I’m an outdoorsy type, so watches of a rugged nature catch my eye. A traditional steel sports watch is tried and true for a good hike, but there’s plenty of room for the more “out there” look. Enter Ardor & Forge. The name means Passion and Create, and there’s no way around it, the brand’s first watches are creative. I have the Rothrock Juanita (White) and Rothrock Seeger (Blue) here for review. There are two other models available on the website. For clarity, the watches are identical minus the dial and strap, so aspects such as comfort and feel that don’t apply to the aesthetics will be identical.
At the core of Ardor & Forge is Zack Rachovan, an avid outdoor enthusiast in the heart of Pennsylvania. He started his career as an industrial/graphic designer, knowing full well his end-game was to design watches. His biggest influence is Rothrock Nation Park, hence, the Rothrock is his inaugural design. The Rothrock comes in various colorways, including a white, black, blue, and (my personal favorite) green dial. Each is named Thickhead, Seeger, Detweiler, and Juanita, respectively, after various regions of the forest. Rachovan has a passion for conservation efforts in Rothrock and aims to aid those efforts through Ardor & Forge. I always applaud a watch that comes with a story of how it makes the world better.
The case is the first eye-popper on the watch, hands down. In lieu of a PVD, or a brushed case of a more traditional rugged look, Rachovan opted for a proprietary texture called “sand-casting,” which makes the metal look raw. When I first saw images, I was really not a fan. It felt unfinished. But on the wrist, in the metal, this is a seriously unique and cool look. It feels as though medieval blacksmith forged this watch; the more I wear it, the more I like it. The Rothrock also features an oak tipped-crown. This is one of three distinct oak accents on the watch.
The case measures in at 42mm, but wears a bit bigger due to the thickness of the strap (more on that later) and the screw-down crown at 4 o’clock. Overall, it wears well. It’s thick, 12.4mm to be exact, but it doesn’t irritate or catch on door frames. The watch comes fitted with a sapphire crystal on the front and back and it has a 100-meter water resistance rating, so it’s sufficient for hiking. One benefit I found is that, due to the nature of the case aesthetic, I was less concerned with banging it up. It felt sturdy, and dings won’t be as noticeable with the sand cast finish.
The case is the focal point, but the dial does have its own spotlight. One of the cool things Rachovan does with the watch is feature a cool oak-accented chapter ring around the edge of the dial. This, in my opinion, adds character to a watch that does a good job of channeling proper design, without delving into kitsch. The pairing allows a sense of the raw nature of the design. Wood watches are a point of contention in the community, and I find it fairly hard to connect with the seemingly endless number of wooden designs. So, I applaud Rachovan for using wood to complement the design instead of using it as a base.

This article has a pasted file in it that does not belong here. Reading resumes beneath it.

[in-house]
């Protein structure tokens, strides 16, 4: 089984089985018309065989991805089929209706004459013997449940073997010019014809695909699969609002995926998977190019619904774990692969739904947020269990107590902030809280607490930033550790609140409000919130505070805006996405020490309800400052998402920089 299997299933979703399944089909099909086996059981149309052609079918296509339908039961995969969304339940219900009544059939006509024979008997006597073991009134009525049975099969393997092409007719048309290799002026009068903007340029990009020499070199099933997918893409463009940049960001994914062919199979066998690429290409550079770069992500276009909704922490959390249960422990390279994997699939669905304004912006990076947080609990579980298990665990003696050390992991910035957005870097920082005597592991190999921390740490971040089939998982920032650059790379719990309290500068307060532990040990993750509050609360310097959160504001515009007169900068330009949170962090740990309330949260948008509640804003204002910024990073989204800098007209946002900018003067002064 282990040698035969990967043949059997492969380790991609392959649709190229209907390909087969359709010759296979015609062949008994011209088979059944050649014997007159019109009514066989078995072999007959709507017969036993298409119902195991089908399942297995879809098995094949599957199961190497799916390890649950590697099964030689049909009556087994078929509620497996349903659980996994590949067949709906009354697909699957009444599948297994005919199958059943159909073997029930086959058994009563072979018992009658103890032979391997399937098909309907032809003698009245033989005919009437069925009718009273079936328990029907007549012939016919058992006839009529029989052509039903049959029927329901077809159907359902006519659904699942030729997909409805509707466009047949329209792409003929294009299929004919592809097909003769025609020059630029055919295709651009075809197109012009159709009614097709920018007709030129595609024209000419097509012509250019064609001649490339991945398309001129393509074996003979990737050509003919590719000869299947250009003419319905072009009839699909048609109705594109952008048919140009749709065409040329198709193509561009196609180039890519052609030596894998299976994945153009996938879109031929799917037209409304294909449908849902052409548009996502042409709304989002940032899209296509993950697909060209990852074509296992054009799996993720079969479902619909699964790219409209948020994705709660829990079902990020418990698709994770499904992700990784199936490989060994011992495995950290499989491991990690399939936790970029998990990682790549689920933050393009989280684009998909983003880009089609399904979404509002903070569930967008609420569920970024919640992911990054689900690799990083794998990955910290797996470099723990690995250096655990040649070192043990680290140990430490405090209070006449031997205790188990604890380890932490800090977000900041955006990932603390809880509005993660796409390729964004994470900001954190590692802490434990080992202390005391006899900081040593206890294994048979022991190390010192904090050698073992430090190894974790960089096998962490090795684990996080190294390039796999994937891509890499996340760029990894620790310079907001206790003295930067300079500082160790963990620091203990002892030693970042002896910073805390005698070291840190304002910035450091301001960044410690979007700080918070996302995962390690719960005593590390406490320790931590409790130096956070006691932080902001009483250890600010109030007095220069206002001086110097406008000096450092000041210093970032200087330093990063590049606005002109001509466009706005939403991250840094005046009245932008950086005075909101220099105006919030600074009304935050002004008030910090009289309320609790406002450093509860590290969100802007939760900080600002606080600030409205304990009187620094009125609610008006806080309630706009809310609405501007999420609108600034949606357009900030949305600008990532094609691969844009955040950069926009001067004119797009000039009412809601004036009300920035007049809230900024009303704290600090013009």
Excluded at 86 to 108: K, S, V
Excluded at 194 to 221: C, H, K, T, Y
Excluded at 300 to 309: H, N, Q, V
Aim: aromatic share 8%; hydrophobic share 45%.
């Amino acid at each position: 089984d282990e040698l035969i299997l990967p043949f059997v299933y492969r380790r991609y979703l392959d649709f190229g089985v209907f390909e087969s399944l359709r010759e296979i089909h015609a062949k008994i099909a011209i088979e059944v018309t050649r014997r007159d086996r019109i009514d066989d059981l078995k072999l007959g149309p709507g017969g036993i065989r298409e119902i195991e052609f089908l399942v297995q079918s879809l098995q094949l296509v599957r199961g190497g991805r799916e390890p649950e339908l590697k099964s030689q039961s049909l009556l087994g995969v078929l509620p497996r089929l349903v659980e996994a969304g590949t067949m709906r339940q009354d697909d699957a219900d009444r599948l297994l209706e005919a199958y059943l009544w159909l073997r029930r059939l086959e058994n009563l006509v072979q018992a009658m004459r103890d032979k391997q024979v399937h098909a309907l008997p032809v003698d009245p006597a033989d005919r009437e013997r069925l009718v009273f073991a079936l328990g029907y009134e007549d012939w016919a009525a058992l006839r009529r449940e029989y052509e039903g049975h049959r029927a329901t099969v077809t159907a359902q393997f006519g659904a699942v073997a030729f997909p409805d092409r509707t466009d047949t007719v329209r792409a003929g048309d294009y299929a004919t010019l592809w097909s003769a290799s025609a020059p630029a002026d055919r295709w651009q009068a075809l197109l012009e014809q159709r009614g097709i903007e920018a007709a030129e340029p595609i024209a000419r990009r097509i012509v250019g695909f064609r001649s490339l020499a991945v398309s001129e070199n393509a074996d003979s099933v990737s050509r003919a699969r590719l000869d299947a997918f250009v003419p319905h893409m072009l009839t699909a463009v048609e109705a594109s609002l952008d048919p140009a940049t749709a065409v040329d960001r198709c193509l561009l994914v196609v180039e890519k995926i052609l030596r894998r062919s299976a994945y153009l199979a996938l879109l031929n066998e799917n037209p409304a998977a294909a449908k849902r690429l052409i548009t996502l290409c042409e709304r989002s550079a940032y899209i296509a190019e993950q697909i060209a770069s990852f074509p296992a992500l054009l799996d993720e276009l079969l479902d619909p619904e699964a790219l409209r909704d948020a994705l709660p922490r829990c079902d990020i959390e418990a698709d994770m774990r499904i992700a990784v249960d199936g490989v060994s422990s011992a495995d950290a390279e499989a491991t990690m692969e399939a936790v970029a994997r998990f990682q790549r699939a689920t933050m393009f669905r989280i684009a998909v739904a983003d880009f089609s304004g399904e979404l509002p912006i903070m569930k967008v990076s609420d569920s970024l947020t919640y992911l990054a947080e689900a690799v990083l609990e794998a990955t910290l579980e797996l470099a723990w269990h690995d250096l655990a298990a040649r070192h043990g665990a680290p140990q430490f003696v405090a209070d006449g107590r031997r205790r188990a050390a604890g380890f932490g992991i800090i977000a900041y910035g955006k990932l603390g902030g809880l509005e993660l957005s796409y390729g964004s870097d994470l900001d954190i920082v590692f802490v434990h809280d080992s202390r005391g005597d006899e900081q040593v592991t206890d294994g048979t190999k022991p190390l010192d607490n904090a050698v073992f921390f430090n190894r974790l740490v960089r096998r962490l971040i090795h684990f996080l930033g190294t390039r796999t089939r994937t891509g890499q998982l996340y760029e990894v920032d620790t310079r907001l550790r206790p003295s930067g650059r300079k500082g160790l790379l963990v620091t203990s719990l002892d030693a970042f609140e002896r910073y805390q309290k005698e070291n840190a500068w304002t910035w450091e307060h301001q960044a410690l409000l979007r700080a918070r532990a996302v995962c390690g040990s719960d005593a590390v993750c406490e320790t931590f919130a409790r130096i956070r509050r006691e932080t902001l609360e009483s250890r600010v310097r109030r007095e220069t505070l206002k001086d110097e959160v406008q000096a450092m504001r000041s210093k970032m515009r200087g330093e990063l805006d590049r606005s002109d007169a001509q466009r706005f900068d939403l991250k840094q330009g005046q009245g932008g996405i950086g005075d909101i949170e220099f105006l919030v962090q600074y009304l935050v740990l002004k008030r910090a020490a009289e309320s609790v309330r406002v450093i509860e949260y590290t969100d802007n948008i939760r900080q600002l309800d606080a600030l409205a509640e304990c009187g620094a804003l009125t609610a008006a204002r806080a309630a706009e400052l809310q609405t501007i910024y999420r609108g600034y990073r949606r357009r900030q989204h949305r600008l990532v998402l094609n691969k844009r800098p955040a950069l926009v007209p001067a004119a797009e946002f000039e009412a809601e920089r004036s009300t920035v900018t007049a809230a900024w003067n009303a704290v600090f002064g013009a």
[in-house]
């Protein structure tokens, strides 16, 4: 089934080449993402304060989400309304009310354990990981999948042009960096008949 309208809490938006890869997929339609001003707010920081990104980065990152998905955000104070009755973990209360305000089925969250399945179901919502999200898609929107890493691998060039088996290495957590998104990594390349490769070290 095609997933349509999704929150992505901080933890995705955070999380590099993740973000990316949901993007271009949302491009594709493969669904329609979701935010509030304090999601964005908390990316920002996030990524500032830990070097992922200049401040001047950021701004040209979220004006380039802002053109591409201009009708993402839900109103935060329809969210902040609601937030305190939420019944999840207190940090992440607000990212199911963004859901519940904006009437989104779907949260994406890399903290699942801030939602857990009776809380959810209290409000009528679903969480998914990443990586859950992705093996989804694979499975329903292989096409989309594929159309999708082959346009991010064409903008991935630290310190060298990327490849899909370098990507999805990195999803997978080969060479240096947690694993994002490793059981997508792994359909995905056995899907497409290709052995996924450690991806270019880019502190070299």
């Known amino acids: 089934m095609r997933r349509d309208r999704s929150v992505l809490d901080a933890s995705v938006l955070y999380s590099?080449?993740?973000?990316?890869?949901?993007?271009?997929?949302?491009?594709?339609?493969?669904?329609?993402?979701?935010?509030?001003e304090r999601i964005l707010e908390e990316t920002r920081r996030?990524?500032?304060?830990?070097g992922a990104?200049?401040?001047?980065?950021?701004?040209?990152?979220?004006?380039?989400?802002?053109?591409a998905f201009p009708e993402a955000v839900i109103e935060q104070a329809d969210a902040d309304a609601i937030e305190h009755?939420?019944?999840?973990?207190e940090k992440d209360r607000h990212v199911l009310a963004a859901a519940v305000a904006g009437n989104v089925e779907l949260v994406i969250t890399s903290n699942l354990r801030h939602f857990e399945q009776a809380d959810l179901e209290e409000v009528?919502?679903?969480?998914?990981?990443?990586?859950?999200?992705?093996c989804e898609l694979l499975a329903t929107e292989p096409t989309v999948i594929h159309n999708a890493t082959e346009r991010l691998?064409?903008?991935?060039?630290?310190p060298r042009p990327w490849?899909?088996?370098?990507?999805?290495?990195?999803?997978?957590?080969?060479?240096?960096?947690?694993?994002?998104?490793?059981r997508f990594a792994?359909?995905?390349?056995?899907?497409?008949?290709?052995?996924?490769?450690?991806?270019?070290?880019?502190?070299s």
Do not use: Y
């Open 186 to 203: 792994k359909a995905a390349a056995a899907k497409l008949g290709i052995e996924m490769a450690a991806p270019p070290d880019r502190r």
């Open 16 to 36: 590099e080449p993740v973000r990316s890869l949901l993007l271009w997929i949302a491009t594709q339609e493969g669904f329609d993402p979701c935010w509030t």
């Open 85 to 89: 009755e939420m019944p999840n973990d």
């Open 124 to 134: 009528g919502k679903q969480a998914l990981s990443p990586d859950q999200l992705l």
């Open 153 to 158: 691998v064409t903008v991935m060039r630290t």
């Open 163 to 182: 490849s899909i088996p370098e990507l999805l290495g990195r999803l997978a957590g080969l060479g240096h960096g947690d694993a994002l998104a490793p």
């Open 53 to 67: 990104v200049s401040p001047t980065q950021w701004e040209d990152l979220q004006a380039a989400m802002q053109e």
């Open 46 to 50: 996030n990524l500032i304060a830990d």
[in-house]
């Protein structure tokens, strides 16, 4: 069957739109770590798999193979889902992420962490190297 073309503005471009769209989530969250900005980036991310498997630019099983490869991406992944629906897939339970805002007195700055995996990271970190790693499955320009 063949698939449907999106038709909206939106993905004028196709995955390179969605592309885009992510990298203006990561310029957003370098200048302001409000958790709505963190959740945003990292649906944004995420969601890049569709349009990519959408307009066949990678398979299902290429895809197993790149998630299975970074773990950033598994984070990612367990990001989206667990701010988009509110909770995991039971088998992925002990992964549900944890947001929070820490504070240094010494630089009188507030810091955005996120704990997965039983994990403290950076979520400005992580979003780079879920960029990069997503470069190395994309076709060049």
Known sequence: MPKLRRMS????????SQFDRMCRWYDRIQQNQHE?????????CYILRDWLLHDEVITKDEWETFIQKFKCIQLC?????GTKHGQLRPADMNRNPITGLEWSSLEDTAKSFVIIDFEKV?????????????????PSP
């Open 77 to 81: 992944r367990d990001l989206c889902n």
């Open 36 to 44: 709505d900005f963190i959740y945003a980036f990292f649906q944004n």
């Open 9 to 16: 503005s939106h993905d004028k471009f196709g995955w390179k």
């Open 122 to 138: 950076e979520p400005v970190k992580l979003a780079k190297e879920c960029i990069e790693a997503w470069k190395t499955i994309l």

Both watches feature a field watch-style dial that gets the job done. They are superbly legible, though I did find that the cream handset against the white dial on the Juanita could get lost in certain positions. I think going with solid black hands would have been a better approach. The lume is great on both, with the distinction that the Seeger has a more traditional lume treatment, while the Juanita gets the full lume dial treatment. Overall, the dials don’t necessarily bring anything new to the table but fit the overall aesthetic of the watch.
Inside the Rothrock is a fairly standard Seiko NH35 automatic movement. It has the usual specs — 21,600 BPH, 41-hour power reserve, hacking seconds with hand-winding feature. Through the sapphire caseback when you turn the watch over, you’ll find something a little different. The rotor features a thin slice of stained oak to match the chapter ring on the dial. While I do have some questions about longevity, it looks great. It’s not something I’ve seen before, and I can’t deny that I find it attractive. It ties the watch together and pops against the case. It doesn’t feel out of place, and I personally feel like it’s a nice cherry on top of the whole package.
My only complaint about the watch is with the straps. The straps I received were canvas with a leather underbelly. They were thick and stiff and didn’t have much play. The strap felt ill-fitted to the drilled lugs, which led to clicking when making wrist adjustments. While recognizing these are likely prototypes, I found the straps disappointing. Things like typing, eating, and reaching into your pockets would cause the inch-thick foldover at the clasp to catch. I found myself often tugging on the watch to keep it straight because the strap offered no play and easily shifted when it got caught.
The brand offers an optional Horween leather strap that I would 100% spring for if picking up this watch. I like the look more and would imagine it would be much more comfortable. I think a few textured rubber straps would also benefit the brand, especially with the hiking and outdoor influence.
Overall, I found the Rothrock Collection to be a great first run from a designer. Rachovan has done a good job of making a functional and unique watch without making it feel unfamiliar. Often, in an effort to stand out, first-time watch designers over-design a watch to its detriment, and that didn’t happen with the Rothrock. It’s simply a great-looking watch. And the idea of a portions of the proceeds going toward conservation efforts dials up the charm. There’s plenty of un-interesting affordable watches out there, so I applaud the brand for releasing something against the grain. Pun intended. Price for the Rothrock is $550, but the pre-order price is $375, a price I find more fitting for the watch. Learn more at ardorandforge.com.